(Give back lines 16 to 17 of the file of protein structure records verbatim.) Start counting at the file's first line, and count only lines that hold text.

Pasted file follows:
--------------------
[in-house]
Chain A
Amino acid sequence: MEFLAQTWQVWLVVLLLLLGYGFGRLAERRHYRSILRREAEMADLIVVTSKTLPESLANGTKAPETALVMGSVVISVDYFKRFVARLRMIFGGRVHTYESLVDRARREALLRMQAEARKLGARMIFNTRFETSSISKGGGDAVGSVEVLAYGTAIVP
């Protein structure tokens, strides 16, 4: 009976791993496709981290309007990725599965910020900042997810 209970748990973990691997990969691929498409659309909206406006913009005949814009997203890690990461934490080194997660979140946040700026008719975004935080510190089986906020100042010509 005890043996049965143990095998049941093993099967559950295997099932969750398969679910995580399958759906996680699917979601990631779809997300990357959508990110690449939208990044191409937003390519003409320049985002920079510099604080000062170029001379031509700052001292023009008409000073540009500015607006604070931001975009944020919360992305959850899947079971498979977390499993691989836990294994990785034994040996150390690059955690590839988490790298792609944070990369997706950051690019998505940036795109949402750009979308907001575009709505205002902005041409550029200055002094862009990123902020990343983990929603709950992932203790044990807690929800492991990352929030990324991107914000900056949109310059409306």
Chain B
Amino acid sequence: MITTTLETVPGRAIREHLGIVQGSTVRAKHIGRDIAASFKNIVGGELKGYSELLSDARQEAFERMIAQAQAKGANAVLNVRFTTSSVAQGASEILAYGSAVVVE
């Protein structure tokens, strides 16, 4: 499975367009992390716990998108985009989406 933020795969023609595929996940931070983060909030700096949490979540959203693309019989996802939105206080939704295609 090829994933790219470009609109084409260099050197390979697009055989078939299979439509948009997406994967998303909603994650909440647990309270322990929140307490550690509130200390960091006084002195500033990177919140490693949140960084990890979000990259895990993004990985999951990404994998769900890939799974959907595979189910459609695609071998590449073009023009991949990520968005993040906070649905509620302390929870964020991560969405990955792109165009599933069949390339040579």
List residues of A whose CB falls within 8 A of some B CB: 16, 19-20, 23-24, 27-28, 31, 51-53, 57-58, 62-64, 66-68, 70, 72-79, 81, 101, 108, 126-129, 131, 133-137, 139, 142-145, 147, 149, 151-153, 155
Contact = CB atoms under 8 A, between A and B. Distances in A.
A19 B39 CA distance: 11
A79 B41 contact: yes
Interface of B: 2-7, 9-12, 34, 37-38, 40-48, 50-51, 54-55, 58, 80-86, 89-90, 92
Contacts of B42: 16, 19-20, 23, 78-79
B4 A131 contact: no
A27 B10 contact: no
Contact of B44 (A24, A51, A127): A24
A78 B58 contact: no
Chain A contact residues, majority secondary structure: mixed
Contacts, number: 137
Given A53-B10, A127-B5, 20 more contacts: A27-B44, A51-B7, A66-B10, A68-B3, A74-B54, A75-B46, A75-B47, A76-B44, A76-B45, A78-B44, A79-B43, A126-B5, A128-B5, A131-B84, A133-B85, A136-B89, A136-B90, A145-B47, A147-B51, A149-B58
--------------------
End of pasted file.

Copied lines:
Contact of B44 (A24, A51, A127): A24
A78 B58 contact: no